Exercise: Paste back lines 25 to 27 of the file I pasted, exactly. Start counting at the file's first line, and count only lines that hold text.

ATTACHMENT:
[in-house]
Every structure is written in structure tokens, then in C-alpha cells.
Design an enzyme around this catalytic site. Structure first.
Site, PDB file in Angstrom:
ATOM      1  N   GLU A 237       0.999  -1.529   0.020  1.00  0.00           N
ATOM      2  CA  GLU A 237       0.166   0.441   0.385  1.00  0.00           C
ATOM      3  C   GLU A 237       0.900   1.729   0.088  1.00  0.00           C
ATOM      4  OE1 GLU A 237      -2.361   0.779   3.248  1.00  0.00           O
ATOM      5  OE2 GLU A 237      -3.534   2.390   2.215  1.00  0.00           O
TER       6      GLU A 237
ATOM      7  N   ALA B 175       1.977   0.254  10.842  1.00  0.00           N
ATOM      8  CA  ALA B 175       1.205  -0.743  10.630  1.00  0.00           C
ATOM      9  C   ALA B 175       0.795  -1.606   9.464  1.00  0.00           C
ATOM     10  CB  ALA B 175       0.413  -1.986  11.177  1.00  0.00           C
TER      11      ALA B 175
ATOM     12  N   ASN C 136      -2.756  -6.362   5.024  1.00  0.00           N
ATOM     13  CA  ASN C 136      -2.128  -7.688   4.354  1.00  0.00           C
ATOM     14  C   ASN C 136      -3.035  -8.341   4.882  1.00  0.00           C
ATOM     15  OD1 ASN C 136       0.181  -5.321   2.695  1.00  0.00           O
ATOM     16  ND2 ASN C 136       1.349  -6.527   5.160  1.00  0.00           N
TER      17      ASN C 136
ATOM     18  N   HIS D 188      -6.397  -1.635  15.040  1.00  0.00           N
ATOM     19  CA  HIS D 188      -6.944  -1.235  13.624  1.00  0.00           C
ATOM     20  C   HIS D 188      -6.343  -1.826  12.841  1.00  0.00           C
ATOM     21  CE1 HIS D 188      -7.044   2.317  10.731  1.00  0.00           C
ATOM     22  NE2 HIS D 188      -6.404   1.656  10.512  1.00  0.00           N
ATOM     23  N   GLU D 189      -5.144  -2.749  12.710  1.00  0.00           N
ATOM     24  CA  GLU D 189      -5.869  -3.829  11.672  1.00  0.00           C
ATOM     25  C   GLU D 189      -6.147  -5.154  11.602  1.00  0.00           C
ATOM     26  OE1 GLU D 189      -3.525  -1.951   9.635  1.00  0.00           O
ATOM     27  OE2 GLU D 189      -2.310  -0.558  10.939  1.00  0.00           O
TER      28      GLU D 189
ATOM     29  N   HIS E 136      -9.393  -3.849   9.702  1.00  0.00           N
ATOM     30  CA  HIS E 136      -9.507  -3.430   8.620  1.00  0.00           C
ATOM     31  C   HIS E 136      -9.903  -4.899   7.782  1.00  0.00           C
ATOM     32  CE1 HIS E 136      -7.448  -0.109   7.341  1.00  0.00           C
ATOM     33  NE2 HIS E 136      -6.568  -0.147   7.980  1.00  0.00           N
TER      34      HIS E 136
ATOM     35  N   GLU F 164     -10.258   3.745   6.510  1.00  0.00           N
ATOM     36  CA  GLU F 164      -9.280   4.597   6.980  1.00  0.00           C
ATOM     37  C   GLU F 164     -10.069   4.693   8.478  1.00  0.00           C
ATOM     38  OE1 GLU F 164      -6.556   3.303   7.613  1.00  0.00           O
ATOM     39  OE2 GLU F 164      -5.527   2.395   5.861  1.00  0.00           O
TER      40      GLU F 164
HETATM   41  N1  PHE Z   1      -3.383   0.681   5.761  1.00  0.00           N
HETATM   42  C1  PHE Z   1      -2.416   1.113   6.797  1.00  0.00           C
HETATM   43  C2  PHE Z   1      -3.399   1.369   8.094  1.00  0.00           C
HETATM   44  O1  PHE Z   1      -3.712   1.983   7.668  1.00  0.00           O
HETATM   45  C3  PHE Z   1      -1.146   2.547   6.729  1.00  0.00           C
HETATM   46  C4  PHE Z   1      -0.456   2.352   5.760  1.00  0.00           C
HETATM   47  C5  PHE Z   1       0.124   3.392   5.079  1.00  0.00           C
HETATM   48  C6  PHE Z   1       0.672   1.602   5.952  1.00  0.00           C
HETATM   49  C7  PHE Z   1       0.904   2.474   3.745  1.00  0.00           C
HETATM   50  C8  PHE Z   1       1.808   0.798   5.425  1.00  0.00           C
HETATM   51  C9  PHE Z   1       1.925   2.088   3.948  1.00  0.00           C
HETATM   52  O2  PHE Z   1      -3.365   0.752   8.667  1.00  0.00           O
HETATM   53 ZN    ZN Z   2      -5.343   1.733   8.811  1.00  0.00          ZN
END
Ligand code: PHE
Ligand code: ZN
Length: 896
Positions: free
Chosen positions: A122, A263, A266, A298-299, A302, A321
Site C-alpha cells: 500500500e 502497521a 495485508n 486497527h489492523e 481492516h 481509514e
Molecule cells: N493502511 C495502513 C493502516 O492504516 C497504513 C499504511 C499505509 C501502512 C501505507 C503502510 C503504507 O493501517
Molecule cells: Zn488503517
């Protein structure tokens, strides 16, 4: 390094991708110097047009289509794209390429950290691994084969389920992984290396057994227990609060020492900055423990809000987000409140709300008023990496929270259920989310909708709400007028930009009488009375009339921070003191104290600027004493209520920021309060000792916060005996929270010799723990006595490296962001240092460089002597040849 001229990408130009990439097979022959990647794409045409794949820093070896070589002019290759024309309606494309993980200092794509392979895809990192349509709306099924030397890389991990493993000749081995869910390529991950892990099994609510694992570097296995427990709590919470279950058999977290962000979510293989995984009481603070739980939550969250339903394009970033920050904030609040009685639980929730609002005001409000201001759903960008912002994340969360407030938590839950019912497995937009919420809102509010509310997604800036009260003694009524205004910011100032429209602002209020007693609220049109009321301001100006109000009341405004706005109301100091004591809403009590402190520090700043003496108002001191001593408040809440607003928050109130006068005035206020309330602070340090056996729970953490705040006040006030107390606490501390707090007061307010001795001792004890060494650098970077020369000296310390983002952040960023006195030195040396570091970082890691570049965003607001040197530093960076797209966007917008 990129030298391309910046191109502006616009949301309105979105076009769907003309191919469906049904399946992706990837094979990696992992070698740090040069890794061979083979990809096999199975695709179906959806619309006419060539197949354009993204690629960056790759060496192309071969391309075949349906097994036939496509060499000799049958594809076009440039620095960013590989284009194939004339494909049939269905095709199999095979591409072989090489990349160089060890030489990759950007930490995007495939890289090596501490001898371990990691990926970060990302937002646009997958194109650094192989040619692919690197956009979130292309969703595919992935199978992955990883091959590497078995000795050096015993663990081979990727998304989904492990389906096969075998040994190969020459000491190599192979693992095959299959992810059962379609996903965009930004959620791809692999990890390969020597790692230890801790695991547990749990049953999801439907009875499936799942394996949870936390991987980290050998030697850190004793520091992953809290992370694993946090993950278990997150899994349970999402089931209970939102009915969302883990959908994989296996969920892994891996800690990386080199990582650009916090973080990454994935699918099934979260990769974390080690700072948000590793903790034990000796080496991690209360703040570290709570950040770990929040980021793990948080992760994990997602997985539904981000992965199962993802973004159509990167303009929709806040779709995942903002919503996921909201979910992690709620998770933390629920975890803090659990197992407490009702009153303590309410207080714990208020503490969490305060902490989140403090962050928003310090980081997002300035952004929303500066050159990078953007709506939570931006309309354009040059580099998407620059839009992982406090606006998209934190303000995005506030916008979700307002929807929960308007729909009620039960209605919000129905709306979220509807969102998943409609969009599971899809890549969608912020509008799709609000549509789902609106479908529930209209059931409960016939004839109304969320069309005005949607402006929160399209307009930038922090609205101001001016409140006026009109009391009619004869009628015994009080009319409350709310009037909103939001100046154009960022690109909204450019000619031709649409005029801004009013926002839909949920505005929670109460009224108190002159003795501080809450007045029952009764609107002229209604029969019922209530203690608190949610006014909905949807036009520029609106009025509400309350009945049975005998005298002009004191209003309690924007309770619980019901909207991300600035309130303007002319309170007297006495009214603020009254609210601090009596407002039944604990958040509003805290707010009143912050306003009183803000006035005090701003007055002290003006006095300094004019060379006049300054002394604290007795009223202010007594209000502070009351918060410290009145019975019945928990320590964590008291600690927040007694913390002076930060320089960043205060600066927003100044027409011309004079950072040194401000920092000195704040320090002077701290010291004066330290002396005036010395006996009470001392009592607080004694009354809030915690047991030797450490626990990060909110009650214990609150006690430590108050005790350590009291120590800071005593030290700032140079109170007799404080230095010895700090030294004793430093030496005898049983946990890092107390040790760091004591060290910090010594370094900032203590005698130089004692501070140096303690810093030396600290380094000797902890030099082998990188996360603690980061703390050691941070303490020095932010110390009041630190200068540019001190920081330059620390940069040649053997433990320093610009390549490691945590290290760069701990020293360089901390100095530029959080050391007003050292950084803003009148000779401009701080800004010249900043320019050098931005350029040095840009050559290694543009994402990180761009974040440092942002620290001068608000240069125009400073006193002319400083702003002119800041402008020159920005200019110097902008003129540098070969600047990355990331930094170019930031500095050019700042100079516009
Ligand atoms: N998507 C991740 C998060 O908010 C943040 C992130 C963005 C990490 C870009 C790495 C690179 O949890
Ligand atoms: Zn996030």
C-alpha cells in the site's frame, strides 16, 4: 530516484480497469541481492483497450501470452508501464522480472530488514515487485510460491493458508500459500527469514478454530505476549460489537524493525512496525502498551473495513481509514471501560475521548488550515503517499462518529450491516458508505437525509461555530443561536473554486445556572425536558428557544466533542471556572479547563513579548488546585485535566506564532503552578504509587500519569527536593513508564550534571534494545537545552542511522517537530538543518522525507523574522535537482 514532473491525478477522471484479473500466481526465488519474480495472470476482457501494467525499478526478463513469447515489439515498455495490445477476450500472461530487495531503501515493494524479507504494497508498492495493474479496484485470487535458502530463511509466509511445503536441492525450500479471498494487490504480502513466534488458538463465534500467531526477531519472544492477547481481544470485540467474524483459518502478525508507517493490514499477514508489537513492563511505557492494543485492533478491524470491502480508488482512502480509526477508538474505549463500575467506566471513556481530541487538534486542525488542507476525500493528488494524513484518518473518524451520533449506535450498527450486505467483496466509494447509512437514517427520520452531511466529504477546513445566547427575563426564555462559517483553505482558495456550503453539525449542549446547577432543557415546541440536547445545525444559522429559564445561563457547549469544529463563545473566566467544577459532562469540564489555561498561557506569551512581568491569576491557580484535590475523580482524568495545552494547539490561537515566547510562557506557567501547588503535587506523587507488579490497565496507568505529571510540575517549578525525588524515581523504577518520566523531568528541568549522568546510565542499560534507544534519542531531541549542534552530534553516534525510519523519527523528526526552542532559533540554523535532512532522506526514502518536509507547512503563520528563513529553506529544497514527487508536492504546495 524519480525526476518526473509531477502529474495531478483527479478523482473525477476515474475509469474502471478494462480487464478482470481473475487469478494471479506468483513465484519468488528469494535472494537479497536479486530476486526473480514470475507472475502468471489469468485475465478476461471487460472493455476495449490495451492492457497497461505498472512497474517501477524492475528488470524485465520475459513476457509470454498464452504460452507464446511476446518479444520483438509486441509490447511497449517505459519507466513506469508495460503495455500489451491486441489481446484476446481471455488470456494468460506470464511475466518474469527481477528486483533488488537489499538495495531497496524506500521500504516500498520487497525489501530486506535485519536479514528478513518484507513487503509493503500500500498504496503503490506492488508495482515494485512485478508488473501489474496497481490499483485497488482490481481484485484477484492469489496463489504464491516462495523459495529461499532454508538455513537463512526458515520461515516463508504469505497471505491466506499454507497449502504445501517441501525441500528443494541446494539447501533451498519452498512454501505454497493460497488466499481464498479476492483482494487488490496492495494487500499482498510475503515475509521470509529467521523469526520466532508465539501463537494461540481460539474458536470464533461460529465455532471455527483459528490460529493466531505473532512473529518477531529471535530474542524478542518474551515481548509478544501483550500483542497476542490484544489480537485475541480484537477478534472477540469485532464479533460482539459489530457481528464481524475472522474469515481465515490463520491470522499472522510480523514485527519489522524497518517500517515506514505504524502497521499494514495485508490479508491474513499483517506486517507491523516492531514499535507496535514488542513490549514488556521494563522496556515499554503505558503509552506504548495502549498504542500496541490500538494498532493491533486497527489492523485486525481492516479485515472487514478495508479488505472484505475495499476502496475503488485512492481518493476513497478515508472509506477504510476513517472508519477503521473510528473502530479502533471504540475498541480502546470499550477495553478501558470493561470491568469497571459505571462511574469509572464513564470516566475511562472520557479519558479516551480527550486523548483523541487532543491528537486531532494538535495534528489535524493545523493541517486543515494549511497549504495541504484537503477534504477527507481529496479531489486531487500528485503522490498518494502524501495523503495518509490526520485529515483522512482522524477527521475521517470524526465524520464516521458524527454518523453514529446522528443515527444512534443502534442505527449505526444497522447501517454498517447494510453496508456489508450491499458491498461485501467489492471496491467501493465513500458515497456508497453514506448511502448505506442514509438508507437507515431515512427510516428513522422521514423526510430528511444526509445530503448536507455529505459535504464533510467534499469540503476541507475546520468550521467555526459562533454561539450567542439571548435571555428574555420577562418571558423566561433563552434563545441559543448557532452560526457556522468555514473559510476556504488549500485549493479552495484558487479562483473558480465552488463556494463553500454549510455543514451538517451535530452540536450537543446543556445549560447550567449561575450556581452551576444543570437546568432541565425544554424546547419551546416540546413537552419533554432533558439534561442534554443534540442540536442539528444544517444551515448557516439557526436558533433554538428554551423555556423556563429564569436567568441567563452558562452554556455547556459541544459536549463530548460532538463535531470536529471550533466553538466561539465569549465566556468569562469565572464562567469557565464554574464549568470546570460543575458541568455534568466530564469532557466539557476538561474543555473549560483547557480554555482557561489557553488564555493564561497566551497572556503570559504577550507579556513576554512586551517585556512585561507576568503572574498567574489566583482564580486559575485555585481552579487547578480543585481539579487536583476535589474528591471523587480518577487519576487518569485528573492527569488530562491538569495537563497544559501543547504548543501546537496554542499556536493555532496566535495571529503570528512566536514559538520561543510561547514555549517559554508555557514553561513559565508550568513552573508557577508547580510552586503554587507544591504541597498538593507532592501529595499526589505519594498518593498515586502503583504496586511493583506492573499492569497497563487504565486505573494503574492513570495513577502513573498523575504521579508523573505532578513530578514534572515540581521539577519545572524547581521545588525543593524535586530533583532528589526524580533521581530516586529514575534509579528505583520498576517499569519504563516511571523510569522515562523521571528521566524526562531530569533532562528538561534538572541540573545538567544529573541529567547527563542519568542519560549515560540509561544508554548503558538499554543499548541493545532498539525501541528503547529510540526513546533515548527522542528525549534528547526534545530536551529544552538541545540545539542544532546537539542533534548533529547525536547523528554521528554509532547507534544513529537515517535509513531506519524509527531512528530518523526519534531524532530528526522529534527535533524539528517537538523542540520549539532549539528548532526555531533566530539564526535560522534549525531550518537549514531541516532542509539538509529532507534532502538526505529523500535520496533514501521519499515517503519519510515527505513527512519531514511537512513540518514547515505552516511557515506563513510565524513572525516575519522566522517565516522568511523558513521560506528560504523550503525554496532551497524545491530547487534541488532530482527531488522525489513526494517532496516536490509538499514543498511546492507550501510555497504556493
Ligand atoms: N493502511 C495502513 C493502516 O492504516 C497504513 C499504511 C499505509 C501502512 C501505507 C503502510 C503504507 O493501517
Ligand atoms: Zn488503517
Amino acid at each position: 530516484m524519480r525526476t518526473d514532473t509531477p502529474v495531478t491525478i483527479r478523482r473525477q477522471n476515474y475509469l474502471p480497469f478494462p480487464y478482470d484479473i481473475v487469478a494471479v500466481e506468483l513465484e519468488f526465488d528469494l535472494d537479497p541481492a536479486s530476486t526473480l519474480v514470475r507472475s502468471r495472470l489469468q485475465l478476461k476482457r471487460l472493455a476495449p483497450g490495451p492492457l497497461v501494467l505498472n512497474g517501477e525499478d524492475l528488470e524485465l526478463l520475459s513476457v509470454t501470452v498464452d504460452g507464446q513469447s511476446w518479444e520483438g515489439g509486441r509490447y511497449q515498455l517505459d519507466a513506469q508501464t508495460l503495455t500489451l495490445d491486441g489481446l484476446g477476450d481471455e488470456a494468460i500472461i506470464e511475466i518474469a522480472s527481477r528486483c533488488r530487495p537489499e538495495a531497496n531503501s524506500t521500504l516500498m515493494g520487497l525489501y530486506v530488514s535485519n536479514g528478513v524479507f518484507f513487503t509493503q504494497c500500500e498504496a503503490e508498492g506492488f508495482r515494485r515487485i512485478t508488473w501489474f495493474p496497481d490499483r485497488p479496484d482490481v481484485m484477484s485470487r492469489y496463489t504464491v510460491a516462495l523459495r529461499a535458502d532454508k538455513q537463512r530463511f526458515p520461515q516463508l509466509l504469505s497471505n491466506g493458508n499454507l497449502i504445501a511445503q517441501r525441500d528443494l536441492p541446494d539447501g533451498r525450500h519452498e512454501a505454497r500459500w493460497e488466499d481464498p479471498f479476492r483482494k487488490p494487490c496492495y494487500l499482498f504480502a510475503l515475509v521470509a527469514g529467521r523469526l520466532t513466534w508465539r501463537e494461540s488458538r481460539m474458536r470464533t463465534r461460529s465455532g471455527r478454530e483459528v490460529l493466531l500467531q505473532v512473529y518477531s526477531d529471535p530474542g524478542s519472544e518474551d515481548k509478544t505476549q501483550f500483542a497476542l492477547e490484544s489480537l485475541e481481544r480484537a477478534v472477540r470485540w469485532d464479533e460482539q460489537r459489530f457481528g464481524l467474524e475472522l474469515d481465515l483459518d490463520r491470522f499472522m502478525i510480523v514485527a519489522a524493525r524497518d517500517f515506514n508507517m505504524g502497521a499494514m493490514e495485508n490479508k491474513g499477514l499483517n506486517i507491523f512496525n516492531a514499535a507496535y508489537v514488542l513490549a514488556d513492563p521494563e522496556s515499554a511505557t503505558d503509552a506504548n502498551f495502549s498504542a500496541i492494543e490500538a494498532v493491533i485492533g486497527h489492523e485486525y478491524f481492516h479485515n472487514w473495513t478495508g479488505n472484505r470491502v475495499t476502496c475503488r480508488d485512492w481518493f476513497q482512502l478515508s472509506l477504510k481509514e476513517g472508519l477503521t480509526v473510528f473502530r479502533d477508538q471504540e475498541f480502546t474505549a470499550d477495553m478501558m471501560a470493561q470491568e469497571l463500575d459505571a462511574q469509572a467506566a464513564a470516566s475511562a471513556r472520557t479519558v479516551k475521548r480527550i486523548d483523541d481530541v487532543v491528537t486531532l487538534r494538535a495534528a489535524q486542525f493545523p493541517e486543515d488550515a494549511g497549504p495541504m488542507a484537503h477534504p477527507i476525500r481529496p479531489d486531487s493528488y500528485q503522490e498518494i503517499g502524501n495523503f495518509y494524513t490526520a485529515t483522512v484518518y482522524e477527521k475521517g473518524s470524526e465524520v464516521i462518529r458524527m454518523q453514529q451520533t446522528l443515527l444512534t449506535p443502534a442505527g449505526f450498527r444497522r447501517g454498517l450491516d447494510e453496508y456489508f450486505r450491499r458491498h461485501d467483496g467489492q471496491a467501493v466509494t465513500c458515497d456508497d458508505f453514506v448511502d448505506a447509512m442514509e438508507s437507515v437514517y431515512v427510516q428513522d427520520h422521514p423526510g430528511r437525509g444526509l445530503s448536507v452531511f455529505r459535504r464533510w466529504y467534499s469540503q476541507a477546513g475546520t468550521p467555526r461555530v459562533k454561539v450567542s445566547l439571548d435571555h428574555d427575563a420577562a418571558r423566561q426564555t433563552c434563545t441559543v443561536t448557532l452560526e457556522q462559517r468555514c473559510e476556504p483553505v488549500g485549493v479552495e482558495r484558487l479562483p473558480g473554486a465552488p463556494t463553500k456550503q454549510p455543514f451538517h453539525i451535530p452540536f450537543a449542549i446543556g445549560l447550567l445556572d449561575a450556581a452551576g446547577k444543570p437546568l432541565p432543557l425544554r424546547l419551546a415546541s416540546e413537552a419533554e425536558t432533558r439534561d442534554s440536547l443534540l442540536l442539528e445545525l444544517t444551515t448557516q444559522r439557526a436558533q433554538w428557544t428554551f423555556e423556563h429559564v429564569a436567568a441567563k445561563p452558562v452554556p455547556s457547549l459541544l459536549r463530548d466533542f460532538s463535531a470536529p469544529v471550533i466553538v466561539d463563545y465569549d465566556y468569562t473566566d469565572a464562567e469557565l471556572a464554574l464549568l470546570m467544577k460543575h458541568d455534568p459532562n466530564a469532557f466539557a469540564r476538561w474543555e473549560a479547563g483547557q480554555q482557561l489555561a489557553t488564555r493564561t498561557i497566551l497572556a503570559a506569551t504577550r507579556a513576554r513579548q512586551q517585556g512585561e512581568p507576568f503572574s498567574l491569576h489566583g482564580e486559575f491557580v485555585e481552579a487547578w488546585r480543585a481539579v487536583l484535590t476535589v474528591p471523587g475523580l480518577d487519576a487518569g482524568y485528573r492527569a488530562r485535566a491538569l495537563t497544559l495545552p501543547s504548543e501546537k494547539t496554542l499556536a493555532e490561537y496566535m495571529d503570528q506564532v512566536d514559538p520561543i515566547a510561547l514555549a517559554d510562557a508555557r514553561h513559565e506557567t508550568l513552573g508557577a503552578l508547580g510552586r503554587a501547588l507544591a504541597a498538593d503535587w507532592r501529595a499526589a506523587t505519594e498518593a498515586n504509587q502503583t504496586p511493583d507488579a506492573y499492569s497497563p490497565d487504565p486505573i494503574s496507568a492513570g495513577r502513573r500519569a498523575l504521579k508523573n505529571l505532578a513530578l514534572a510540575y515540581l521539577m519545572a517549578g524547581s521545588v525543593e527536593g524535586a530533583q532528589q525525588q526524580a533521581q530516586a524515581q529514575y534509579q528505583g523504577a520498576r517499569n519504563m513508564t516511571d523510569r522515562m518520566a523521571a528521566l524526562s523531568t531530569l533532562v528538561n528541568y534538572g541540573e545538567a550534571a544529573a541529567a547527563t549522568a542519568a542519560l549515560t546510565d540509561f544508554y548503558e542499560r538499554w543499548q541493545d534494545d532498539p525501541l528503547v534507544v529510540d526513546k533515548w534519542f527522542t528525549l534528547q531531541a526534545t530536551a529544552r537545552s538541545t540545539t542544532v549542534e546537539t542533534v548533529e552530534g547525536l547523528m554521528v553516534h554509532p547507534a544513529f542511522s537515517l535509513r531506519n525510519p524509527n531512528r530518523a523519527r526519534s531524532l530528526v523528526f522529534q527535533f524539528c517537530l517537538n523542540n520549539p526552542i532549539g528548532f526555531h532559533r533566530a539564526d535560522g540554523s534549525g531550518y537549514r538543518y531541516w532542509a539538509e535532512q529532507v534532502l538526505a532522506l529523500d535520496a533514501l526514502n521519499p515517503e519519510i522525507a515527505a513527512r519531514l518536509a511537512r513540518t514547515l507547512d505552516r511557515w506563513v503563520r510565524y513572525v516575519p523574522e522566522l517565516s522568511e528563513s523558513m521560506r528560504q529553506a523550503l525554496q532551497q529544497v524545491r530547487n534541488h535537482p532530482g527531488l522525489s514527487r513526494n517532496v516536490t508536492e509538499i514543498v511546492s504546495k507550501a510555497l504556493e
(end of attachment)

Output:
ATOM     21  CE1 HIS D 188      -7.044   2.317  10.731  1.00  0.00           C
ATOM     22  NE2 HIS D 188      -6.404   1.656  10.512  1.00  0.00           N
ATOM     23  N   GLU D 189      -5.144  -2.749  12.710  1.00  0.00           N